Which Type of Milk Is Best for You?

Which Type of Milk Is Best for You?

In recent years, the dairy aisle has evolved and expanded with a variety of new options and milk alternatives, but with all those choices, the real question is: what milk is best for you? Whether you’re looking to experiment with plant-based alternatives, searching for the healthiest milk option or just interested in exploring new varieties, we’ve got the breakdown of how these beverages stack up against each other.

Cow’s Milk

Cow’s milk is one of the most commonly consumed foods and is jam-packed with key nutrients, including calcium, vitamin A, potassium, vitamin D and vitamin B12. It’s a very nutritious option for adults and children who don’t have lactose intolerance or a milk allergy. The average adult should choose low-fat or fat-free option to help limit the amount of saturated fat in their diets. Foods high in saturated fat and cholesterol can have health implications, like raising your “bad” cholesterol levels in the blood, which increases the risk of heart disease.

An 8-ounce serving of 1% milk provides the following:

  • Calories: 100
  • Total fat: 2.5g
  • Carbohydrates: 12g
  • Protein: 8g
  • Calcium: 300 mg
  • Vitamin A: 150 mcg
  • Vitamin D: 2.5 mcg

Soy Milk

Nutritionally speaking, soy milk is the plant-based alternative that’s closest to cow’s milk. Soybeans are a great source of complete protein, and soy milks are fortified to resemble the nutritional profile of cow’s milk. Soy milk is an excellent choice if you’re looking to avoid or limit dairy in your diet but want to make sure you’re choosing a higher protein option. Selecting the unsweetened varieties of soy milk will help limit added sugars in your diet.

An 8-ounce serving of unsweetened soy milk provides the following:

  • Calories: 80
  • Total fat: 4g
  • Carbohydrates: 3g
  • Protein: 7g
  • Calcium: 300 mg
  • Vitamin A: 150 mcg
  • Vitamin D: 3 mcg

Almond Milk

This non-dairy alternative is made by soaking almonds in water and then blending and straining out the solid bits. It’s a tasty option for those who are allergic to soy, lactose intolerant or are just searching for something new. It has a creamy consistency similar to soy milk, and a slightly nutty flavor that works well in smoothies. Almond milk is also high in vitamin E, a nutrient that promotes healthy skin. However, with only 1-2 grams of protein per 8-ounce cup, compared to the 7 grams found in soy milk and 8 grams in cow’s milk, almond milk isn’t considered a good source of protein.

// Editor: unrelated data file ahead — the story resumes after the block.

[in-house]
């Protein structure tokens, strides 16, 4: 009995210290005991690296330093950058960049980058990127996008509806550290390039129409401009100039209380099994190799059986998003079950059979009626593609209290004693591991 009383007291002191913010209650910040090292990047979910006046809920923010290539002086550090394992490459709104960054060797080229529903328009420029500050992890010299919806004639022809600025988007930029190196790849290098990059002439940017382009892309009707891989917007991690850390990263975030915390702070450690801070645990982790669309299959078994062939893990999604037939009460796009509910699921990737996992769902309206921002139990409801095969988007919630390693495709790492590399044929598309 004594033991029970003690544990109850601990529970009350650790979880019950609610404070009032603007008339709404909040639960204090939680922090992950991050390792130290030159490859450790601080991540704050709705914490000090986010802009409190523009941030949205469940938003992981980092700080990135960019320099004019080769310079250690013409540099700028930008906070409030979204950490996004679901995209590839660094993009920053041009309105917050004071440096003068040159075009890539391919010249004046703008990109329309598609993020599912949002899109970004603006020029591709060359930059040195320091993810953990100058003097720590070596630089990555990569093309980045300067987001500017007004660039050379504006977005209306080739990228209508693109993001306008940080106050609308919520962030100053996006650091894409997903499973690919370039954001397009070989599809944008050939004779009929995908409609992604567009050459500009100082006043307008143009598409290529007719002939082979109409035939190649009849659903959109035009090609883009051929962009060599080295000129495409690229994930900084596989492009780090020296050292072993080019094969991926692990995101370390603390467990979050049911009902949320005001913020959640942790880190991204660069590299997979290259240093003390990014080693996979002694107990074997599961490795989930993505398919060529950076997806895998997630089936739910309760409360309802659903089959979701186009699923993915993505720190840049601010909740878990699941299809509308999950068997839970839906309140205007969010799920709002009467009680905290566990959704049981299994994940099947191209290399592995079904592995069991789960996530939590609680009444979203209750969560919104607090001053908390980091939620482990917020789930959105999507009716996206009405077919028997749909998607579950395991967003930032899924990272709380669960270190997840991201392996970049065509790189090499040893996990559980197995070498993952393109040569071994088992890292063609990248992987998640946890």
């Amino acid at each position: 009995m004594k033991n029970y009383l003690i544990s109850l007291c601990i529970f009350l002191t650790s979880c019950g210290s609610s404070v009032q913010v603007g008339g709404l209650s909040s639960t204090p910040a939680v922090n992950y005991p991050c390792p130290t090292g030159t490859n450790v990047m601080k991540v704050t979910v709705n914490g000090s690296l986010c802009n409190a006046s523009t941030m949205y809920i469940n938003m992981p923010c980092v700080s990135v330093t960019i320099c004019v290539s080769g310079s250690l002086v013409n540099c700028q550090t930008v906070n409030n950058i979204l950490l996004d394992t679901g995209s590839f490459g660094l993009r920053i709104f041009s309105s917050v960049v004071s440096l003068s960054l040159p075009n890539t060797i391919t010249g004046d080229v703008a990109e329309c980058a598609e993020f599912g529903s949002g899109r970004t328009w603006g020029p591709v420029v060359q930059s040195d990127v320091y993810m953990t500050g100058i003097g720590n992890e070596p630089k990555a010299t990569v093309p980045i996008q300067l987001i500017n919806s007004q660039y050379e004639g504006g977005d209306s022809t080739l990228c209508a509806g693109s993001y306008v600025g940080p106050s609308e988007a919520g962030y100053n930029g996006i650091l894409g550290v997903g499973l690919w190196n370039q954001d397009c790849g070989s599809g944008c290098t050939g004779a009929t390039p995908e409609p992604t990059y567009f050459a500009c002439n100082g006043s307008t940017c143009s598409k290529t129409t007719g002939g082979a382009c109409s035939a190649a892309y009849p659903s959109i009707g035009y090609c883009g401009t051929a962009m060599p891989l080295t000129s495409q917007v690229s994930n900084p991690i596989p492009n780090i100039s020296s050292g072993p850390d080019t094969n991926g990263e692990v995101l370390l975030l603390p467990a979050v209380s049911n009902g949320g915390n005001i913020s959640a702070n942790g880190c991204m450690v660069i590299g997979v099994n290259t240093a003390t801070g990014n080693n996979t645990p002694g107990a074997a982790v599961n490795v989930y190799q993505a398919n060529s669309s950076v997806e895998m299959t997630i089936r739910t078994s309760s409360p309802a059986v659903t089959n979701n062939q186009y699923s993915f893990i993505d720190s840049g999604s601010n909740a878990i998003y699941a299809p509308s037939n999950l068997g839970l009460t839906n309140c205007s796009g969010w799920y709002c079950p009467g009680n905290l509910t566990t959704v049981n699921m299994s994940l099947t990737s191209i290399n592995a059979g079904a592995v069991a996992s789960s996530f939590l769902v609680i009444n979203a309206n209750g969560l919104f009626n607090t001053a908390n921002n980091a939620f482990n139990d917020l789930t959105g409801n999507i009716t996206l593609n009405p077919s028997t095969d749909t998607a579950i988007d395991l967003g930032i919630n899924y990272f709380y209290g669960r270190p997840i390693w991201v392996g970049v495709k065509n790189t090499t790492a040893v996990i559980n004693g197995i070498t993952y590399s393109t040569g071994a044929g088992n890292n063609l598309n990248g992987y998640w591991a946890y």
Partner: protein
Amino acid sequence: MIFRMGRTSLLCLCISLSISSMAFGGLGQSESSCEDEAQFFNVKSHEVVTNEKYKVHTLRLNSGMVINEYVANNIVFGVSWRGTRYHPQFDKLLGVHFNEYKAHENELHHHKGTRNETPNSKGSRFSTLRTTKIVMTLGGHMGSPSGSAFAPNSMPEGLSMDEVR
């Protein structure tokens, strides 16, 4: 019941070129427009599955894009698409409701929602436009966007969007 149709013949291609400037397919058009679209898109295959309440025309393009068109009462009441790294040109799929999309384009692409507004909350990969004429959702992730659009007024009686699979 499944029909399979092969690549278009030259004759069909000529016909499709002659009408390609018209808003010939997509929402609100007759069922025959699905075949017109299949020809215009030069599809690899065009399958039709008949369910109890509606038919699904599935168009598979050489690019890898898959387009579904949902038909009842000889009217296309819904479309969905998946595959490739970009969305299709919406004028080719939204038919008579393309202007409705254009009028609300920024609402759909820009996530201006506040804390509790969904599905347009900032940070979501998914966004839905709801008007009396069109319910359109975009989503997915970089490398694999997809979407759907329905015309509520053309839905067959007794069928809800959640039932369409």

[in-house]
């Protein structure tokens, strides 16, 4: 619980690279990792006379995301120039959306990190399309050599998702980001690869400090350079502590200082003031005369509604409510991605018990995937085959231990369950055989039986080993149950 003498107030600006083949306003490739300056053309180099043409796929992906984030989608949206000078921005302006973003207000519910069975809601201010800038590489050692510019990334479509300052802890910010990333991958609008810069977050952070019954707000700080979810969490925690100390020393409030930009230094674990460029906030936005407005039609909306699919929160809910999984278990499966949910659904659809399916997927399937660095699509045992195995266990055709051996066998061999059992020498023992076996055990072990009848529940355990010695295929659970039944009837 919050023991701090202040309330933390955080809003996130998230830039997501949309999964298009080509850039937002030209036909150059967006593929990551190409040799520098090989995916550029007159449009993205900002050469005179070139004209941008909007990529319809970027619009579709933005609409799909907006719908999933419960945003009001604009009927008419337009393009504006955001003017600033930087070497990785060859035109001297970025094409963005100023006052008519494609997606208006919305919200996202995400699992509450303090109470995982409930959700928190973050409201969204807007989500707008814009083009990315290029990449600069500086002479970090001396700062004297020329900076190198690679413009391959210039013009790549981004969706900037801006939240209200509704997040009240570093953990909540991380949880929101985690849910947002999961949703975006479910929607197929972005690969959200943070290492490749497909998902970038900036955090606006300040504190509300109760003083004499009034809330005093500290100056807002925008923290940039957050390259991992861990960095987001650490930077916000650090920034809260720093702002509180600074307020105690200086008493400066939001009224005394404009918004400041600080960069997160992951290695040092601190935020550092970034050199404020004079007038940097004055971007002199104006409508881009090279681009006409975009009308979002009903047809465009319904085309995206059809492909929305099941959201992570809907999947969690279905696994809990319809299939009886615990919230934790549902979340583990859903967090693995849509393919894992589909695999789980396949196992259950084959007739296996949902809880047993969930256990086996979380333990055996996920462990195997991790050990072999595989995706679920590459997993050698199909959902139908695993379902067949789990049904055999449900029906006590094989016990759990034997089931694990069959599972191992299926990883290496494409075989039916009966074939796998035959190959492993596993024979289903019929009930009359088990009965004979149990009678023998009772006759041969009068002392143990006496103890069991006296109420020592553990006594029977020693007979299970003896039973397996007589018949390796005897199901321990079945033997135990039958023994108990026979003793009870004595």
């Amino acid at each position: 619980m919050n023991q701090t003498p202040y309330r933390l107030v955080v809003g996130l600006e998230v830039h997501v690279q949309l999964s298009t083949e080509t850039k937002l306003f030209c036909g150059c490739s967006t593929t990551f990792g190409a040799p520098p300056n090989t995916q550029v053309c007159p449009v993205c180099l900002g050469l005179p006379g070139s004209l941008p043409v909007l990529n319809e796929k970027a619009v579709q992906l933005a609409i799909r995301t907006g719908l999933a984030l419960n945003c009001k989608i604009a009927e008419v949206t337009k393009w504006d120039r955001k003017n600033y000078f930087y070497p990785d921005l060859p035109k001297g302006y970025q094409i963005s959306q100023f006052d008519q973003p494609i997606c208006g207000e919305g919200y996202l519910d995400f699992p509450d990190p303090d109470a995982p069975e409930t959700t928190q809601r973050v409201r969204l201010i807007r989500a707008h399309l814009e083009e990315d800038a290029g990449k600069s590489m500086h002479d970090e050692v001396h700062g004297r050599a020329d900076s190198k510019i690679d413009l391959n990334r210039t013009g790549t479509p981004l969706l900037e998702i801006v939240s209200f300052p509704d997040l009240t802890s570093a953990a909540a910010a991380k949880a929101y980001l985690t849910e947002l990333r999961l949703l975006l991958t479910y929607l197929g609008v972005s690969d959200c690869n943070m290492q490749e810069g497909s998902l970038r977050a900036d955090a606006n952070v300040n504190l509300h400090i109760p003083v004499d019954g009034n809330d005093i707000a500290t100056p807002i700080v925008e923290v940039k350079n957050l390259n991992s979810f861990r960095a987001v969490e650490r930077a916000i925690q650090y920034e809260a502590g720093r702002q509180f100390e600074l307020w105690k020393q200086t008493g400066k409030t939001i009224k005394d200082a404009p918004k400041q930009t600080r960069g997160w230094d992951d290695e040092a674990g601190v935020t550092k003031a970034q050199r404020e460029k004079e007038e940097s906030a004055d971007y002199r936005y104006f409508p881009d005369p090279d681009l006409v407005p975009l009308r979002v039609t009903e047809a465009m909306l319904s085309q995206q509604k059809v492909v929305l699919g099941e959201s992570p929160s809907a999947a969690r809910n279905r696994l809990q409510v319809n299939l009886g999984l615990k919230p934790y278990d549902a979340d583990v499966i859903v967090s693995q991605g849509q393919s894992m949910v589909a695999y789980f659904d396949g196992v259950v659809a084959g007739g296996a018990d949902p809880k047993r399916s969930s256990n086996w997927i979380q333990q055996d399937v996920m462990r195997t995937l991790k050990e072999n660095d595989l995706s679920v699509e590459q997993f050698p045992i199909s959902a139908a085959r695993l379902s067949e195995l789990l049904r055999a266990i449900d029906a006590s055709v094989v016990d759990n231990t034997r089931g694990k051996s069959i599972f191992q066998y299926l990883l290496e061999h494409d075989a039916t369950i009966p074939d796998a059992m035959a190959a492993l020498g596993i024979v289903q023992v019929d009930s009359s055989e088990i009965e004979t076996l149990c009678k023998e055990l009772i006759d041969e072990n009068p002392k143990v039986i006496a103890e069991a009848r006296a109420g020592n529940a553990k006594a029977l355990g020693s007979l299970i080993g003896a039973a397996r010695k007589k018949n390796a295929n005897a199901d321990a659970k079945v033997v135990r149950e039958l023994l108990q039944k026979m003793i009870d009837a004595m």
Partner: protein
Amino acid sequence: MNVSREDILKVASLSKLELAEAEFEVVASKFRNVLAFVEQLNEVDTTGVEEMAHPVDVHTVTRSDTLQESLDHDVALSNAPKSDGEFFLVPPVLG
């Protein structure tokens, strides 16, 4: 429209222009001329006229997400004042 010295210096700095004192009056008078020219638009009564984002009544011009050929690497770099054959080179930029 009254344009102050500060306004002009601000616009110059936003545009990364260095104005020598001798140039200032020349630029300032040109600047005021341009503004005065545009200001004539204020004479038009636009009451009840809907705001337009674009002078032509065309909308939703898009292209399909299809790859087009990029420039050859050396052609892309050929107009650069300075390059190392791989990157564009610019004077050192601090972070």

An 8-ounce serving of unsweetened almond milk provides the following:

  • Calories: 40
  • Total fat: 3g
  • Carbohydrates: 2g
  • Protein: 1g
  • Calcium: 50 mg
  • Vitamin A: 90 mcg
  • Vitamin D: 5 mcg

Oat Milk

The newest plant-based variety to hit the market, oat milk is a good choice for those with allergies and intolerances, as it’s naturally free of lactose, soy, nuts and

gluten (if made from certified gluten-free oats). This milk is made from strained oats, and though you’re not receiving the exact same nutrients as you’d get from

eating a bowl of oats, oat milk is often enriched with many of the nutrients that are lost in the straining process. It provides a smooth and full flavor, similar to that of

nut milk. Compared to other types of milk, oat milk generally has more calories, carbohydrates and fiber than the milks mentioned above, and provides less protein

than soy and dairy varieties. Like most plant-based alternatives, we recommend choosing an unsweetened or low-sugar variety to maximize the health benefits.

An 8-ounce serving of oat milk provides the following:

  • Calories: 80
  • Total fat: 1.5g
  • Carbohydrates: 14g
  • Protein: 4g
  • Calcium: 18 mg
  • Vitamin A: 180 mcg
  • Vitamin D: 0 mcg

Consuming dairy products provides an array of health benefits, including improved bone health and the potential to help maintain healthy blood pressure. When choosing the best milk to drink for your health, it’s important to consider your specific nutritional needs. If you’re unsure what to choose, schedule a Telenutrition appointment and connect with a dietitian today! Check out more healthy tips here.

Disclaimer: This information is for educational purposes only and not intended to provide healthcare recommendations. For concerns, please see a healthcare provider.